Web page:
[AMP-L] The Rheo versus the C-Leg, which do you prefer
ldeanc at sbcglobal.net
Tue Feb 17 07:06:21 PST 2009
(Re. "if I should go with the C-Leg or stay with the Rheo" from Jeffrey Wojcik <hogyld at msn.com>)
I am an HD amputee (left leg), 52 years old, in excellent health, and I
have the Rheo. My amputation was in March 2007, and I got my
prosthesis in January 2008. I have never had the C-Leg. I am extremely
happy with the Rheo and ihgly recommend it. My prosthetist laid out
the pros and cons of the two knees, and I chose hte Rheo. Here is why...
1. It is a more efficient walker than the C-Leg and, therefore, requires less energy on my part than would the C-Leg.
2. The Rheo does 1,000 calculations per second versus about 50 per second for the C-Leg.
3. The Rheo uses a totally different technology from the C-Leg. The C-Leg is,
essentially, a traditional hydraulic knee to which a microprocessor was
added. The Rheo is a multi-plate electromagnetic system that uses
fluid with microscopic particles in it that flows among a series of
plates that interact and intertwine. The electric power activates the
particles, which thicken the fluid/slow the flow and reduce the
thickness/increase the flow depending on what the knee needs to do
next. It was developed at MIT and was based on a technology first
developed for trucks so that truck drivers would experience fewer neck
and back injuries.
4. The Rheo knee learns and adjusts very quickly to changes in gait, ground
pitch, etc., and again, according to my prosthetist (who has done a
fabulous job for me, by the way), is more efficient than the C-Leg and
does a better job for people like me who are active and want to be able
to walk a lot, hike regularly, etc.
5. As an HD amputee, theweight of the prosthesis is highly important, more so than for other
amputees. The higher the amputation, the more that weight of
prosthetics affects the amputee's ability to walk efficiently with as
little energy as possible. My prosthetist found with other patients
that the slight difference in weight was more than made up by the
efficiency of the Rheo's technology. The extra weight was not a
hindrance at all.
One other difference between the two knees - the default mode of the Rheo,
should it suddenly lose power, is swing mode, while the default for the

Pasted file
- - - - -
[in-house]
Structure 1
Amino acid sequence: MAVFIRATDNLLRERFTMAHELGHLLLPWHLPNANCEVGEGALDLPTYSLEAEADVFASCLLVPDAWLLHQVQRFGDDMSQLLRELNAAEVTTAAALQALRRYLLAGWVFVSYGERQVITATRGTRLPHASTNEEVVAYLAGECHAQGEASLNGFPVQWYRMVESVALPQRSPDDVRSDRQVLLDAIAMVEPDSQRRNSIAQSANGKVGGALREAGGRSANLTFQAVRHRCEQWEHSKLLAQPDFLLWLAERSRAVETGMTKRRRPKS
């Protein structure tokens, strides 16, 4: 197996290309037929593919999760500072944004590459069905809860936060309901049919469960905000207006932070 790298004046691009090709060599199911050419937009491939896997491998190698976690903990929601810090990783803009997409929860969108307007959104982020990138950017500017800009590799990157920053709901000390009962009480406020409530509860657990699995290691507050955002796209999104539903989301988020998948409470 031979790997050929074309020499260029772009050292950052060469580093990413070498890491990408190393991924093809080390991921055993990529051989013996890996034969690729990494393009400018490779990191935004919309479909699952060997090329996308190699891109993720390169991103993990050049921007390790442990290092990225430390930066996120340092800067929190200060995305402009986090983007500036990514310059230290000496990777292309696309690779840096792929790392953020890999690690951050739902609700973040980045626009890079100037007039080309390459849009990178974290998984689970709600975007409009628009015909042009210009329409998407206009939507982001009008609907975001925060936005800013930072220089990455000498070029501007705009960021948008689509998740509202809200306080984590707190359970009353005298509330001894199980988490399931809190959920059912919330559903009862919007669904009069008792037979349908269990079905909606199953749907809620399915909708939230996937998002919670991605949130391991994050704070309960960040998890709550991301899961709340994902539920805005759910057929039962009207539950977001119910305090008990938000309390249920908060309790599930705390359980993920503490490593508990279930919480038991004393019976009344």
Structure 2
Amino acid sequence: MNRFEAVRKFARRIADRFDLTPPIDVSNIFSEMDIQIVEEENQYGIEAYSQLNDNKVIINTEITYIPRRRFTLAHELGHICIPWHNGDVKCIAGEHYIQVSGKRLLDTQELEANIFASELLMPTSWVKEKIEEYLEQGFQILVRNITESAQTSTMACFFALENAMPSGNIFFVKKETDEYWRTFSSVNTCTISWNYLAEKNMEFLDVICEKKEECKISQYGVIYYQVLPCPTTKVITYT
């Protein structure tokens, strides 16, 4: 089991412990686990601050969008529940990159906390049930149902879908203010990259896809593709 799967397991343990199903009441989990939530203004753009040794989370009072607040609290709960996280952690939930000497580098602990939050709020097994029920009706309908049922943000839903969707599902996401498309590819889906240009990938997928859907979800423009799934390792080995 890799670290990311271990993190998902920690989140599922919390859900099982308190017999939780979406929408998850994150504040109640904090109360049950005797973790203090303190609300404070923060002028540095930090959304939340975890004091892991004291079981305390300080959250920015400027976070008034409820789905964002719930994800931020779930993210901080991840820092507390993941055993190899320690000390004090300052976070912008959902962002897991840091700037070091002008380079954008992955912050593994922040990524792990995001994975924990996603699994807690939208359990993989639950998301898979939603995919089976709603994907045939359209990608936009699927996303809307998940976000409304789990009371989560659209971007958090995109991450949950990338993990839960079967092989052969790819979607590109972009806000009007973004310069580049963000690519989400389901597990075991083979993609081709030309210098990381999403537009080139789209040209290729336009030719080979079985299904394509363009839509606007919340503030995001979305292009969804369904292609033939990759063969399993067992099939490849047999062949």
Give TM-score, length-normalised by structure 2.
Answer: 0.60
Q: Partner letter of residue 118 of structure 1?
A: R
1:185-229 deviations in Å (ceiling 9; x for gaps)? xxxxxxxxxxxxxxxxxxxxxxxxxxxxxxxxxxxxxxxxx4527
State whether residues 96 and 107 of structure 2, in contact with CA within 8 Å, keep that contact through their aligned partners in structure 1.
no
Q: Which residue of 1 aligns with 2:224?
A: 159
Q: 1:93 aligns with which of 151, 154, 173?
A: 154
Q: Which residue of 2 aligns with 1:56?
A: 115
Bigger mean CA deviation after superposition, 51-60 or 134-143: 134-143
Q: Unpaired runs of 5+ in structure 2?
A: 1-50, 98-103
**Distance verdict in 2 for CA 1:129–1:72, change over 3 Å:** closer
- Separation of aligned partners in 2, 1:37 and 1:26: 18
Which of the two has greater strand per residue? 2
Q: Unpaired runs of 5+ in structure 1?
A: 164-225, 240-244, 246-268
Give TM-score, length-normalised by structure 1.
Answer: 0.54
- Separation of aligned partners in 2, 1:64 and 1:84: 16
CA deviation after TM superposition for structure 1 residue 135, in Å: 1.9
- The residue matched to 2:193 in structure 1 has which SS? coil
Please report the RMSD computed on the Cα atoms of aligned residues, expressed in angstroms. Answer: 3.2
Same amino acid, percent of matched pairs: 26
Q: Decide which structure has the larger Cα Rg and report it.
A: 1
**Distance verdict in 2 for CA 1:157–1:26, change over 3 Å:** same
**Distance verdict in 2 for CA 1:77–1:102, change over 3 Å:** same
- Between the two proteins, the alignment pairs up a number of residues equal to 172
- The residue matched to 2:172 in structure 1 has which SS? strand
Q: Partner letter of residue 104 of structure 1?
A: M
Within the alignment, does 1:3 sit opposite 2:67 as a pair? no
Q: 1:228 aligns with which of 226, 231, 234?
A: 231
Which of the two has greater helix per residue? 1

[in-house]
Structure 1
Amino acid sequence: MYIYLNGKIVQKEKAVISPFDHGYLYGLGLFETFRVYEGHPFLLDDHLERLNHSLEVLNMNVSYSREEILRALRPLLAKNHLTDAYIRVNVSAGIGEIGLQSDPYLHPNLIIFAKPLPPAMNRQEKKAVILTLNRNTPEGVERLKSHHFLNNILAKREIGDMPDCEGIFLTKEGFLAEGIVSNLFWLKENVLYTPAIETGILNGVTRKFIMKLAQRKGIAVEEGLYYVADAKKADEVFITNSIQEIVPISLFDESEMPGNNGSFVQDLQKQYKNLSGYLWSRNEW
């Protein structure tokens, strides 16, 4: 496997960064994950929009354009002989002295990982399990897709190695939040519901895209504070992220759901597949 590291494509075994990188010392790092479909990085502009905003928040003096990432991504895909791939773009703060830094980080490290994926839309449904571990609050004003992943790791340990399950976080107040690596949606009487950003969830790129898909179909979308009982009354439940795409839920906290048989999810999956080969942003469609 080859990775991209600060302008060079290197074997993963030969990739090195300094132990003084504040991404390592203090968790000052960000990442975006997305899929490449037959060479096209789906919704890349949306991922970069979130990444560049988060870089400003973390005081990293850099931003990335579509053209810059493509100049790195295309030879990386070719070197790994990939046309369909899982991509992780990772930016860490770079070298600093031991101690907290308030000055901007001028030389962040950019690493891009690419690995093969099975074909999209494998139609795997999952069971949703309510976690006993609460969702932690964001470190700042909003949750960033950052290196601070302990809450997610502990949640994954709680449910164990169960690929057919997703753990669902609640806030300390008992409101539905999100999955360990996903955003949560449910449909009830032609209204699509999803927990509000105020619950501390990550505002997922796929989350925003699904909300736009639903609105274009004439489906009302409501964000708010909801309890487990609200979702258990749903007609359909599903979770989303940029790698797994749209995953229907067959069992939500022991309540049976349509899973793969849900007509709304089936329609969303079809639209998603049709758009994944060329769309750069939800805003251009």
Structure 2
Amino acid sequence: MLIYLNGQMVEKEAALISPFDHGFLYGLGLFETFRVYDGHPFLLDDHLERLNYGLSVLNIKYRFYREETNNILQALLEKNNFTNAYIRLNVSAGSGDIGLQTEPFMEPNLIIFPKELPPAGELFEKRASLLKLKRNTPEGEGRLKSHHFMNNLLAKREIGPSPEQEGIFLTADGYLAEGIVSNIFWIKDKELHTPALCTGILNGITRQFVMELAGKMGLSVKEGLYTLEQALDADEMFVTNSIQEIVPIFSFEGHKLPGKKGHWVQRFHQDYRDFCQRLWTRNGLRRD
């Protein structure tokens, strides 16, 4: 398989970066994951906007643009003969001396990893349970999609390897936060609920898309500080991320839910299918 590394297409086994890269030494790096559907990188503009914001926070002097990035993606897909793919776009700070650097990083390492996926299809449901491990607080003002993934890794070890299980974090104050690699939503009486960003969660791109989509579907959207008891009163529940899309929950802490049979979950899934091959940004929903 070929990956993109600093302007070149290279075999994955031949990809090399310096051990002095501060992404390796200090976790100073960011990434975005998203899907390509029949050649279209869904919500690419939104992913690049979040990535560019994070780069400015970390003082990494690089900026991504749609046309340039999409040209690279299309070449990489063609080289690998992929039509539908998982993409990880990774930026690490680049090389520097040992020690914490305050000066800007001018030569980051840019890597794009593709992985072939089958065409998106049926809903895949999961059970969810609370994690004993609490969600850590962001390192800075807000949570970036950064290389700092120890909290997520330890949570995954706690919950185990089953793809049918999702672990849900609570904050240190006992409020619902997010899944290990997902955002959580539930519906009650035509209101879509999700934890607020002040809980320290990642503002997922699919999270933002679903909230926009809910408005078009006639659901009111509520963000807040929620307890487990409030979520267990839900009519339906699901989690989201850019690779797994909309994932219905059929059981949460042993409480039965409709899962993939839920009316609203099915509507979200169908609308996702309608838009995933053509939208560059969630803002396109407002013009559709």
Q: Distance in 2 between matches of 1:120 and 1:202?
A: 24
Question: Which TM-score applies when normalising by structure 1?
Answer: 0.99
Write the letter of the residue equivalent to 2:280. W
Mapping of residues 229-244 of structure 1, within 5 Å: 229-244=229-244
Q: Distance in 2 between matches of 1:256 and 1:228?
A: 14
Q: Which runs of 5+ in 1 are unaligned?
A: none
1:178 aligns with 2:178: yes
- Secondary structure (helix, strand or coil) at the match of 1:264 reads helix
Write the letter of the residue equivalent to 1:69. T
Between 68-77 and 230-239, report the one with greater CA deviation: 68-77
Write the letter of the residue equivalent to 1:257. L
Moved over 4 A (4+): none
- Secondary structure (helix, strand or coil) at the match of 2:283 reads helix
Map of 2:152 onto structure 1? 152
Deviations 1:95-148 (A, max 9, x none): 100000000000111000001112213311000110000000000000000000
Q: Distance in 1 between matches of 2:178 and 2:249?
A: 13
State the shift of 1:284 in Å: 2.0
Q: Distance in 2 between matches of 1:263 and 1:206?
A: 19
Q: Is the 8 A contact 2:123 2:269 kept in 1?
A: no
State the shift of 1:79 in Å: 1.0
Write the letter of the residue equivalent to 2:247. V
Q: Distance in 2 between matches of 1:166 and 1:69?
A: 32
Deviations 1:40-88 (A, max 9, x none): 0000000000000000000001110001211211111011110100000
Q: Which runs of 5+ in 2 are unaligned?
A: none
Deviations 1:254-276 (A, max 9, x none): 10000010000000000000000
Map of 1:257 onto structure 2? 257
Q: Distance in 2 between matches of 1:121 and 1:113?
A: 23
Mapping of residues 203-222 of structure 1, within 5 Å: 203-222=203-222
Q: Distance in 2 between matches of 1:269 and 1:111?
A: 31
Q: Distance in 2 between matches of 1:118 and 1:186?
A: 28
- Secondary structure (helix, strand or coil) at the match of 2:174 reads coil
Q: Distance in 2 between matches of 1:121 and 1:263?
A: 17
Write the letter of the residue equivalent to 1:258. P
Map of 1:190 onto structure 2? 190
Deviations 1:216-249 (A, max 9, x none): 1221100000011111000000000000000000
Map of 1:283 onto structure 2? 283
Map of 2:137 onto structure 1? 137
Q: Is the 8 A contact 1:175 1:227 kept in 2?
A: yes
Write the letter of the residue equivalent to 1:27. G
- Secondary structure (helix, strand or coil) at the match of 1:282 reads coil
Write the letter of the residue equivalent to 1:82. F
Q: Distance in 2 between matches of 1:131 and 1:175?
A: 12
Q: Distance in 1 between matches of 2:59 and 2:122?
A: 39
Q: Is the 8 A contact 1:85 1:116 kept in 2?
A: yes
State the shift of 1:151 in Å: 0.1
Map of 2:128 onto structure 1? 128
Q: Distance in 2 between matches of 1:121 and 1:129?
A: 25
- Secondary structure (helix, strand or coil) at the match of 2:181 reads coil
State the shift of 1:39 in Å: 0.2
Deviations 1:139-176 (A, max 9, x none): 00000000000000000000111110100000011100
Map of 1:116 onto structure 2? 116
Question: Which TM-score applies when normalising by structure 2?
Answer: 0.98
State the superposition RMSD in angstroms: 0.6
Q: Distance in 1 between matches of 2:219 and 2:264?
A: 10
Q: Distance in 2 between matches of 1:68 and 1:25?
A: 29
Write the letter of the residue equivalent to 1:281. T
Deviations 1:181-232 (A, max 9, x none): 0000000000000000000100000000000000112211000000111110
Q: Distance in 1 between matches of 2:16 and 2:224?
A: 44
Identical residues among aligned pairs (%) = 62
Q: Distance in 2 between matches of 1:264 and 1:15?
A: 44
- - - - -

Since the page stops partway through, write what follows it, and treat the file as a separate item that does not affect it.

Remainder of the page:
C-Leg is stance mode. The Rheo cannot lock when it loses power because
the electromagnetic action stops. The C-Leg can lock without power
because it is a traditional hydraulic knee and does not need power to
lock. Some people are fearful of having a knee that cannot lock in
stance mode if should suddenly lose power, so they go with the C-Leg.
I decided that falling is a part of walking with or without two
biological legs, and the chances of the Rheo losing power are
miniscule. I have fallen many times, but not because of my knee.
Rather, I mistepped or lost my balance or slipped on ice, etc. I have
never been injured more than a slight scrape on the palm of my hand.
My knee has never lost power, and when I got it, no Rheo had ever
experienced a power failure in the two years it had been on the market
at that time. Also, I have sometimes forgotten to turn on my knee, and
I was able to walk fine, but with more effort because the knee was not
doing its thing. I did not fall. When I realized that I'd been
walking with my knee turned off, I simply turned it on and noticed that
it was easier to walk. If I lose power, I would rather be able to walk
"normally" but with more effort than have my leg stuck in stance mode
and have to walk stiff-legged until the knee is fixed. That's just me.
If you have more questions, please feel free to ask. Good luck with your decision!
1982 Staunton Road
Cleveland Heights OH 44118
ldeanc at sbcglobal.net
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